by Mark Martin
Panic grass growing well at a soil temperature
of over 50 °C (123 °F). Source.
When I recently attended the Sixth International Symbiosis Society Congress in Madison, Wisconsin, I was awed by the fascinating forms that symbiotic relationships take among diverse organisms. One talk that particularly intrigued me was from the laboratory of Marilyn Roossinck of the Samuel Roberts Nobel Foundation in Oklahoma, which described the mutualistic relationship between a virus, an endophytic fungus, a monocot, and elevated temperatures in geothermal soils. It also made me consider how readily we seem to associate the word "virus" with pathogenic associations, when nature is often far more subtle when it comes to mutualistic partnerships.
The story began in 2002 when it was found that a type of grass growing in the geothermal zones of Yellowstone National Park—panic grass, Dichanthelium lanuginosum—was able to survive intermittent high temperatures in geothermal soils (up to 65 °C.) due to its association with an endophytic fungus, Curvularia protuberata. The fungus is essential to the plant's ability to tolerate temperatures that are lethal to the non-colonized plant. Panic grass, incidentally, has nothing to do with botanical phobias; instead, the name derives from the Latin panicum, referring to foxtail millet.
The thermal areas of Yellowstone National
Park are home to thermotolerant microbes,
and even a few “macrobes”! Source.
Endophytic fungi are quite common among plants and have been implicated in a number of mutualistic associations that display enhanced stress tolerance. But the story was far stranger than this. It turns out that the "thermal tolerance" trait conferred by the endophytic fungus is actually due to a specific RNA virus onboard. (See the 2007 report in Science.) This dsRNA virus is aptly named "Curvularia thermal tolerance virus" (CThTV). Infected fungal mycelia contain two viral dsRNA molecules: a 2.2 kb dsRNA molecule that encodes two ORFs related to viral replication and a 1.8 kb dsRNA molecule with two ORFs with no similarity to any protein of known function.
It has long been known that viruses can modulate the ability of a fungus to interact pathogenically with a host organism, but this is the first report showing a clear-cut mutualistic interplay. Isolates of C. protuberata "cured" of CThTV by freeze-thaw and desiccation cycles conferred no thermal tolerance on the host plant; re-infection of the virus-free fungus with CThTV restored its ability to confer thermal tolerance to the panic grass.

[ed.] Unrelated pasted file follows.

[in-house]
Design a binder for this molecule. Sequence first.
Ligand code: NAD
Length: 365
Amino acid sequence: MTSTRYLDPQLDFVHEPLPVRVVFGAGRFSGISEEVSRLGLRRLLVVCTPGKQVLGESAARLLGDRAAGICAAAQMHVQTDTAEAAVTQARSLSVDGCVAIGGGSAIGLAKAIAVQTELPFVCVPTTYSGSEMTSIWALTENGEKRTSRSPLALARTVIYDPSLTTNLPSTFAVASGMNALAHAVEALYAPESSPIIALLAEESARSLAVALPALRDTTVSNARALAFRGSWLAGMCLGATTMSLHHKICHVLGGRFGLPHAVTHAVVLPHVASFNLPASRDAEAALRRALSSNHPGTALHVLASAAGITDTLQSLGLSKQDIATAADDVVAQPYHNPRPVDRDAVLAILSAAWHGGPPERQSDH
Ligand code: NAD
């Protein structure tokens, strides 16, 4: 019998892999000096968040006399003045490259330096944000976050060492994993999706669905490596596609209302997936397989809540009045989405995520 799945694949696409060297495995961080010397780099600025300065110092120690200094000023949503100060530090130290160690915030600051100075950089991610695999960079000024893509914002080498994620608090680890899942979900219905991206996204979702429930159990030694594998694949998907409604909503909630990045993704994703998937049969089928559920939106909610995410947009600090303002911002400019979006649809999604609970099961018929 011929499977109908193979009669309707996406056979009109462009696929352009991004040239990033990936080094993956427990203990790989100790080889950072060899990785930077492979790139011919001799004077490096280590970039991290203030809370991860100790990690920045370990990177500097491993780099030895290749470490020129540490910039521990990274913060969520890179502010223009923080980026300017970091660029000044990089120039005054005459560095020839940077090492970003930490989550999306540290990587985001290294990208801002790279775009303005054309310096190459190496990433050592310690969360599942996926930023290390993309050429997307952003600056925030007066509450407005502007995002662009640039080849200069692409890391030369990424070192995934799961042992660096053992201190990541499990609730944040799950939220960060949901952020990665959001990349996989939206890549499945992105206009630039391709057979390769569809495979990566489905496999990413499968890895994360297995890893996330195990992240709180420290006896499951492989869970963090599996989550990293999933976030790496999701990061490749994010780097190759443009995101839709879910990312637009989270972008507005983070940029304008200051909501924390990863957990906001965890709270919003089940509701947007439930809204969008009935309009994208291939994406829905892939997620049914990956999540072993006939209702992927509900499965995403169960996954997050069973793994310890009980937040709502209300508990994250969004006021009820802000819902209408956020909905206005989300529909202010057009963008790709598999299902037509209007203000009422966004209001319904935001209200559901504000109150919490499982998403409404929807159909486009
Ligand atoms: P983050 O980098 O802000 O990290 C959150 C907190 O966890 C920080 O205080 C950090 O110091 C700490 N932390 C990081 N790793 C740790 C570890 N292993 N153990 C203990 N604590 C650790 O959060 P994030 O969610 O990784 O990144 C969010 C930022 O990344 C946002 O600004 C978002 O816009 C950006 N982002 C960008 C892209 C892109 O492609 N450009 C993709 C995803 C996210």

The Roossinck group went on to show that C. protuberata carrying CThTV could colonize eudicots such as tomato, and even provide some thermal tolerance to the new host plant. However, colonization was not as extensive and the thermal tolerance was not as pronounced as with panic grass. As one might guess, work is continuing to determine the mechanism by which the uncharacterized ORFs within the 1.8 dsRNA of CThTV confer the thermal tolerance in this fungal-plant mutualism.
Panic grass phenotype after laboratory testing of thermotolerance (soil temperature cycling between 65 °C for ten hours a day and 37 °C for fourteen hours a day, for two weeks). Legend: Wt = plant infected with virus-bearing fungi. An = plant infected with previously “cured” fungi carrying reintroduced virus. VF = plant infected with virus-free fungi. NS = plant not infected by fungi. Source.
This kind of fungal-conferred stress tolerance may be much more that a rare oddity. In fact, there is some evidence that the ability of fungi (with or without viral modification) to increase stress tolerance is fairly common, and evolutionarily ancient. The existence of multiple "partners" involved in a mutualism has been described for ants, leeches, and many other associations. This relationship between Dichanthelium lanuginosum, Curvularia protuberata, and CThTV is reminiscent of the interrelationships between bacteriophage, Wolbachia, and insects described here.
Clearly, in what appears to be a warming world, understanding how plants can tolerate and prosper at elevated temperatures is an intriguing topic. To a "symbiophile" like myself, learning that the plant has a fungal partner, and that the fungal partner has a viral passenger—and all are working together in a finely tuned mutualistic dance—is a hot topic indeed!
Mark is associate professor in the Department of Biology, University of Puget Sound, an Associate Blogger for STC, and a passionate advocate for the Small Things.
Marquez, L., Redman, R., Rodriguez, R., & Roossinck, M. (2007). A Virus in a Fungus in a Plant: Three-Way Symbiosis Required for Thermal Tolerance Science, 315 (5811), 513-515 DOI: 10.1126/science.1136237